Most of us are so busy doing our jobs that we simply don't have time to contemplate, much less pursue, a new job with another employer. When we do make a change, it's often due to a downsizing, a disagreement with a boss, an unexpected job offer, or a failure to get an expected raise.
You probably know what I'm talking about. You recognize that something is wrong, but you ignore it so you can get on with the daily chore of slaying another dragon at work. But it's time to start reading the signals your career is sending you.
Let's look at some examples of the most common triggers of job change. (If you think you need to change not just your job, but your career, see “Career Change: Is There A Magic Pill?”) It's up to you to decide whether one or more of these is a compelling reason to consider changing jobs or employers.
• You're the key player: You know you're at the top of your game when everyone—including people outside of your own department and from other companies—comes to you for help and advice. This realization might make you want to keep your job rather than leave it, especially if your company recognizes your expertise and supports and rewards you for it.
On the other hand, if your boss treats you like a proprietary asset and restricts your movement in your professional community, it could be a sign that he doesn't know how (or want) to develop you further. Are you allowed to attend professional conferences and mingle with your industry cohorts? Does the company pay for relevant continuing education, or does it discourage you from developing skills beyond your current job?
Like it or not, being needed doesn't make you grow. It may be time to go.
• You're alone: Everyone needs a good mentor to guide, promote, and pay attention to them. Good people don't keep working for employers who ignore them.
Your boss—or some other notable person in your company—should be monitoring and feeding your career (see “The Right Way To Get Coached”). A leader’s role is to enable employees to take whatever steps are necessary to ensure their continuing value to the company. If you feel alone, and there isn't someone in your company who is helping guide your career and professional development, then it may be time to go.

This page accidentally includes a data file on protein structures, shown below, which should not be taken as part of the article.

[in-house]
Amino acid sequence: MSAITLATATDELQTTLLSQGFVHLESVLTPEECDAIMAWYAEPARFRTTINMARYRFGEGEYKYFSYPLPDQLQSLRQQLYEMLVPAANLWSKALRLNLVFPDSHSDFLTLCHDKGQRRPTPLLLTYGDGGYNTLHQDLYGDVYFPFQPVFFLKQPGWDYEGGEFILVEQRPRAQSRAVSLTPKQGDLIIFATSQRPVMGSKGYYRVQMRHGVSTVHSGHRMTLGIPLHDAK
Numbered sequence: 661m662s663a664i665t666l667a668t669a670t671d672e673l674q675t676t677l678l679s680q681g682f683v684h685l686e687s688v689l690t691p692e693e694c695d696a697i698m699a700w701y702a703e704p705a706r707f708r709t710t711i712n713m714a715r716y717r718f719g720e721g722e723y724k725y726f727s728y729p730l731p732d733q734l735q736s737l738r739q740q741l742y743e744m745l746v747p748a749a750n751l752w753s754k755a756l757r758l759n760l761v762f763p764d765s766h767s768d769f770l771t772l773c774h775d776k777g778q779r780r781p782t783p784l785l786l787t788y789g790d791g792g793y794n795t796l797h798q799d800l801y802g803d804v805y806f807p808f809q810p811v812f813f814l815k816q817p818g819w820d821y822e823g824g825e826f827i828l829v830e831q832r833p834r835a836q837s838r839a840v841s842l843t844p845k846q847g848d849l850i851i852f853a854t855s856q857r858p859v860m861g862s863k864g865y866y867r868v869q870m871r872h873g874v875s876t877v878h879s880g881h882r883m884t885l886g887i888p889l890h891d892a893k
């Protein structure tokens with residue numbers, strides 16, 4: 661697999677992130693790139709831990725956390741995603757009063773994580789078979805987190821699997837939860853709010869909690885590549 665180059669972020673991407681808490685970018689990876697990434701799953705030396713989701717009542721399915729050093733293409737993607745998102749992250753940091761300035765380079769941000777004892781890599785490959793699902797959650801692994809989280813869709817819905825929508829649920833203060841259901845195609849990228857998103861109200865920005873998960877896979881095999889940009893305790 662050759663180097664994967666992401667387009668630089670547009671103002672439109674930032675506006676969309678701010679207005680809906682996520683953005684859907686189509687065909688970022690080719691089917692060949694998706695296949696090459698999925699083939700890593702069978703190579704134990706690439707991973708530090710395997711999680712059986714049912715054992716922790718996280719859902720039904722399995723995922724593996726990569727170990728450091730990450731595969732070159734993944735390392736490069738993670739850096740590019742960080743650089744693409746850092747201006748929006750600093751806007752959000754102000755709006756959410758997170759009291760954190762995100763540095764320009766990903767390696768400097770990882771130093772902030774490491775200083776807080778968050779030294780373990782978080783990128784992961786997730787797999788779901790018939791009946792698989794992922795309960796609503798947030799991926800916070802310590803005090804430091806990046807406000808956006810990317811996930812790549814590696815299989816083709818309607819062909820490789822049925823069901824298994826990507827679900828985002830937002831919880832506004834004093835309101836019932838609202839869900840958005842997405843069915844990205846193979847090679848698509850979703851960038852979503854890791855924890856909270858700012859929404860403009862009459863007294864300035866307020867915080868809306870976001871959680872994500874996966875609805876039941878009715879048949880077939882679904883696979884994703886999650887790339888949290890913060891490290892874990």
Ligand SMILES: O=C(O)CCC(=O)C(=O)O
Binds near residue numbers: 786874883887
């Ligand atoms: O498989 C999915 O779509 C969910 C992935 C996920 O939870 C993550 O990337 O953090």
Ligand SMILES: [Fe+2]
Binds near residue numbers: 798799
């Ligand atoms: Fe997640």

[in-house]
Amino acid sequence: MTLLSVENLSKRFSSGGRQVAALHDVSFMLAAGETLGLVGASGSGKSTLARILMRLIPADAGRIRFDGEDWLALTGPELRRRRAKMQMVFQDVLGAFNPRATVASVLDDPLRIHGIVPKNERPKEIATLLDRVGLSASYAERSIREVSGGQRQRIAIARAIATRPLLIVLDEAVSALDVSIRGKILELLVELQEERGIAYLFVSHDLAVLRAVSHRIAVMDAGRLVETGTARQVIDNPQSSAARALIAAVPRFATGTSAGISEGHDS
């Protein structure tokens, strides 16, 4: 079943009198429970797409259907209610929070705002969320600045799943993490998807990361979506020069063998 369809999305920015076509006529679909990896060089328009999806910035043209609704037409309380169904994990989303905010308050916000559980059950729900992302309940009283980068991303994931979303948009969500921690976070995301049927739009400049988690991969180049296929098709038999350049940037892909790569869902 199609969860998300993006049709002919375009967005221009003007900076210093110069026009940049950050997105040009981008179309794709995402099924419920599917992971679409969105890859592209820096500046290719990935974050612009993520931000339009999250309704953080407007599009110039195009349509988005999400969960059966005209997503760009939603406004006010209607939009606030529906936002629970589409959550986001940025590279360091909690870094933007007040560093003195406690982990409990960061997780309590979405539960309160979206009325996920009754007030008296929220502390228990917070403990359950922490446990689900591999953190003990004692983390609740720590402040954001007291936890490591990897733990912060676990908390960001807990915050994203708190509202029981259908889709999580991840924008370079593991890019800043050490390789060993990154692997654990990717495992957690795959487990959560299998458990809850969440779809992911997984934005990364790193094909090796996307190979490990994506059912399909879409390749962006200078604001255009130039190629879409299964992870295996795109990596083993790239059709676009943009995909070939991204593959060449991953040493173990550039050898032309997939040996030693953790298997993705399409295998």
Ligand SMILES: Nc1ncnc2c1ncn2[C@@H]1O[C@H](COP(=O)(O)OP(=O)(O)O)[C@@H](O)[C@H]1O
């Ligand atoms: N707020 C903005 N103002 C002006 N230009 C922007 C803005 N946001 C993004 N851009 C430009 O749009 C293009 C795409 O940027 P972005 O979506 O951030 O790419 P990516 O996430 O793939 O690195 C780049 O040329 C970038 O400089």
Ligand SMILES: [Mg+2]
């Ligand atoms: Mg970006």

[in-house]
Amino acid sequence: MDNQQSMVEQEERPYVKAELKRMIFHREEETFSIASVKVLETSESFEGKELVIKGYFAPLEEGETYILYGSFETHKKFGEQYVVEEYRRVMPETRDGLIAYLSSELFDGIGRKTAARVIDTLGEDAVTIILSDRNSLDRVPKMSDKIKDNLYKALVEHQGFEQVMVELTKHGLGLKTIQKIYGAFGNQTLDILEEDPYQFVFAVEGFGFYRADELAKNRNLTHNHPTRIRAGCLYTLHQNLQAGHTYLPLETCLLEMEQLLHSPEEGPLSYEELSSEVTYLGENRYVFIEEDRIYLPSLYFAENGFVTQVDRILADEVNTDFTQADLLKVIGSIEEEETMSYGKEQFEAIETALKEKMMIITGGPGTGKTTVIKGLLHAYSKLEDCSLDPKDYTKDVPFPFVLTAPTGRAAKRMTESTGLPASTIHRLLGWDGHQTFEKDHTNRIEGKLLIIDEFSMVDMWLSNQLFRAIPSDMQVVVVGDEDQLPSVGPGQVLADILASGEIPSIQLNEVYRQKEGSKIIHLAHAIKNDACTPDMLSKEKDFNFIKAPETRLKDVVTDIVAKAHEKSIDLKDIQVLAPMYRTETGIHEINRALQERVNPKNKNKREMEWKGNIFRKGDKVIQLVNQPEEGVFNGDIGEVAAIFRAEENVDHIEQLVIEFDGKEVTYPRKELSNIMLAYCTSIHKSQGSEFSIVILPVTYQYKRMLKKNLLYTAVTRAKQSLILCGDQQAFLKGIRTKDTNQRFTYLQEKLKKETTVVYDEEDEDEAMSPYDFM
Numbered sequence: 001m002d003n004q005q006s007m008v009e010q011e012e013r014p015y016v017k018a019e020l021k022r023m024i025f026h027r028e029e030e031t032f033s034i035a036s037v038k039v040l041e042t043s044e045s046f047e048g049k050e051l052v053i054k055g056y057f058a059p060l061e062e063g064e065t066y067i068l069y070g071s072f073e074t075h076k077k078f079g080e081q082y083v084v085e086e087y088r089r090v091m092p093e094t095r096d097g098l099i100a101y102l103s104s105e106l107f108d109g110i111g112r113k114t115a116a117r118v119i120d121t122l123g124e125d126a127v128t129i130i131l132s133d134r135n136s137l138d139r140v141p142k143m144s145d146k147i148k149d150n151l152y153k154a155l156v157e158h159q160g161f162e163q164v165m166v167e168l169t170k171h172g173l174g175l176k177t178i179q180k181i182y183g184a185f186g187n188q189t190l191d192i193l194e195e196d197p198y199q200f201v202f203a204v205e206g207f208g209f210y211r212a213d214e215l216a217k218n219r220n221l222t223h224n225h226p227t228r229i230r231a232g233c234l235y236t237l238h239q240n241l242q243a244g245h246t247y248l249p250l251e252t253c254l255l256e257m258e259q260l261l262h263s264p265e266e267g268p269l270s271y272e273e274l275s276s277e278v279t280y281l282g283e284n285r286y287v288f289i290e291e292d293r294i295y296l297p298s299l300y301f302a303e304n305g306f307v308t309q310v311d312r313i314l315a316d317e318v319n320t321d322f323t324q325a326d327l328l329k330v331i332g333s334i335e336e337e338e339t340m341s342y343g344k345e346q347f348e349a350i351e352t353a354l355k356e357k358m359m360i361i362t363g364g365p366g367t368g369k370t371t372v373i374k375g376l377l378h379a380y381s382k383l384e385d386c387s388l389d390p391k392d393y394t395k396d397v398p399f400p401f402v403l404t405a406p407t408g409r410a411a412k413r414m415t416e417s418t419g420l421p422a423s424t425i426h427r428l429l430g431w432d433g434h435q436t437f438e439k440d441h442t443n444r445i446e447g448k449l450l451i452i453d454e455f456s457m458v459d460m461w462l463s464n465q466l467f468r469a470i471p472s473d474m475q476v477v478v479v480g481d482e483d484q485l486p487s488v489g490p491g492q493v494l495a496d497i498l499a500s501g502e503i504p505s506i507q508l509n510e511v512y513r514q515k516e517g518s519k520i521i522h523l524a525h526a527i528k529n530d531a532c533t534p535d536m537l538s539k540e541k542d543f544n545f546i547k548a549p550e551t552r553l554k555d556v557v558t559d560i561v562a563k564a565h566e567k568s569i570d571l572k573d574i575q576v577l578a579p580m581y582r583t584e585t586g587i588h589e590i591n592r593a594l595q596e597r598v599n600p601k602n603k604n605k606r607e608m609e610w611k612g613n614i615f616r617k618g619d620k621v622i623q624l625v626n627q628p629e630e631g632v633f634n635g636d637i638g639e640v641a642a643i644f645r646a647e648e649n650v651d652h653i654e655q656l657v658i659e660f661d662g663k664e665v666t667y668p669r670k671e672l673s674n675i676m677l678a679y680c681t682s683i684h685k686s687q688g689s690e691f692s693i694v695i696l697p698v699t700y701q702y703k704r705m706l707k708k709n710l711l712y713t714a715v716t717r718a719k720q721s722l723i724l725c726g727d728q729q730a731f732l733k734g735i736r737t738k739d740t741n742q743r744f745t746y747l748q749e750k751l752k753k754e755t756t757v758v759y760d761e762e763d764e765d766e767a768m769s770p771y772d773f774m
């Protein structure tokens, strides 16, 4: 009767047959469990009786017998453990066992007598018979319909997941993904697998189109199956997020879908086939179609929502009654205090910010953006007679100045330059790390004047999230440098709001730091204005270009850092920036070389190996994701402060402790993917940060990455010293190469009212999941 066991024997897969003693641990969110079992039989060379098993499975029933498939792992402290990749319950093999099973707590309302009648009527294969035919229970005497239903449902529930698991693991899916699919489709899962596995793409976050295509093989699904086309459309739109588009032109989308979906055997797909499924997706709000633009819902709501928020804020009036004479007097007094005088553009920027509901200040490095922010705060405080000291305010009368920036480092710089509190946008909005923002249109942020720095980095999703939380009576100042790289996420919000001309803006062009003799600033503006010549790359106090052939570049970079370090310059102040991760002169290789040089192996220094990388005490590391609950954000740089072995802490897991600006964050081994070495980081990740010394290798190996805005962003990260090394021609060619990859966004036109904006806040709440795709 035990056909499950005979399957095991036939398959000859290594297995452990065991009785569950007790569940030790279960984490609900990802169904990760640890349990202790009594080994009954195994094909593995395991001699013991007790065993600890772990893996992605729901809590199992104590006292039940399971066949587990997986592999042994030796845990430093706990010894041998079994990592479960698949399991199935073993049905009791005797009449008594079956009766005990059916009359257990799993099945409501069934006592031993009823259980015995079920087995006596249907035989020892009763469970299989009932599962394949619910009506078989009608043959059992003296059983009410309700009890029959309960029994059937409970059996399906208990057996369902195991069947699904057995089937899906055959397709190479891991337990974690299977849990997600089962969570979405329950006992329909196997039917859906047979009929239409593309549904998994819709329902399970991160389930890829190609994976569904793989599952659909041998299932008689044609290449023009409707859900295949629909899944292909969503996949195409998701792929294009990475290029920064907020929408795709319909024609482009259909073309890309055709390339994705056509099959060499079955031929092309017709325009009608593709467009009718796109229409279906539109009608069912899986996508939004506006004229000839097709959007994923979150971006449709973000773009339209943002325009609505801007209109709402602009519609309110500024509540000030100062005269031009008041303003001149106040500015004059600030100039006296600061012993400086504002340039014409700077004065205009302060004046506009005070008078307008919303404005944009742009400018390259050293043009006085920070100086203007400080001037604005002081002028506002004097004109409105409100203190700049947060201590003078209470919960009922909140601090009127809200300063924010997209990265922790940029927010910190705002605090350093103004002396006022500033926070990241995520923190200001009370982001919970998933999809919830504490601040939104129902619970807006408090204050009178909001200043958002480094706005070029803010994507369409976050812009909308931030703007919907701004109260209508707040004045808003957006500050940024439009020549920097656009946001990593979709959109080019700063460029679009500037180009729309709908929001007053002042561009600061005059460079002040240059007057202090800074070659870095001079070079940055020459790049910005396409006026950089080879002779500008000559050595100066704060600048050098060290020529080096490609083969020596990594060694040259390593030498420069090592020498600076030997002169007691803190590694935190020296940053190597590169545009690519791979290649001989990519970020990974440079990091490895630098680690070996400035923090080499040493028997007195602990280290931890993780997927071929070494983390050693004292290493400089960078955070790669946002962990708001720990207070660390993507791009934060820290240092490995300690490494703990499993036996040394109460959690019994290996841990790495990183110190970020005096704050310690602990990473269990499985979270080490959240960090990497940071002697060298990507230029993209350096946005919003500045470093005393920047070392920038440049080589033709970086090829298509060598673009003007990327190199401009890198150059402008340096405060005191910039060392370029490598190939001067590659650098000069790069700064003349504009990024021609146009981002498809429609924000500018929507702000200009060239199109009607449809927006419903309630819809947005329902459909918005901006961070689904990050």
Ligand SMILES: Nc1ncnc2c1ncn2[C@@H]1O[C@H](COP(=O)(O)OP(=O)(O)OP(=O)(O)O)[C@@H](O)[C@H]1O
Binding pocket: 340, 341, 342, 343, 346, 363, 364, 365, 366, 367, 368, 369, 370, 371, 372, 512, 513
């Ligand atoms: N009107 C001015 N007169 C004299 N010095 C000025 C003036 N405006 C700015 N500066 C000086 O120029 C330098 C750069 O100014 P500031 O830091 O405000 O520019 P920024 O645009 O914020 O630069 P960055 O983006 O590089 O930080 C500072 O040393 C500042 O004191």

• You're two steps ahead of your employer: Good companies have different ways of incubating change; make sure you understand how your company does it. It may be frustrating to have your ideas welcomed but not immediately acted on. However, what really matters is whether the company embraces new ideas that contribute to its success.
If you believe your company's failure to implement your ideas is a signal to seek greener pastures, stop and ask yourself whether you're presenting your ideas effectively, and whether they're sound, profitable ideas for the company as a whole. It may be that you need to sharpen your own ability to judge the overall value of new concepts.
If, however, you find that you're always ahead of the company and no one is listening to you, it may be time to go.
• There are too many obstacles: Cross-pollination of perspectives, ideas, and skills enables a business to profit from what is today known as "our greatest asset—our people." Your greatest growth potential will be realized through exposure to many disciplines within your company. If your contact with other departments or functions in your company is limited and you feel stuck in a corner, then it may be time to go.
• You don’t get a share of the profits: If you contribute to the bottom line, you should share in the profits. When a key player leaves a company, it can be a disaster for the employer. Does your company recognize how your key-player contributions pay off? More and more employers are realizing that some type of profit sharing is the best way to pay people. This approach not only helps control costs and expenses, it also engenders loyalty and responsibility for the company's success. An employer who isn't on this track doesn't deserve to have the best employees.
• The best headhunters are calling: When recognized headhunters start calling you, it means one of two things—either you have arrived professionally and your worth is known throughout the land, or your industry is expanding at a profitable enough clip that it's willing to pay a premium for your services. Either way, you win (see “Fun Facts About Headhunters”).
If you feel these triggers being pulled in your career, then it may be time to move on.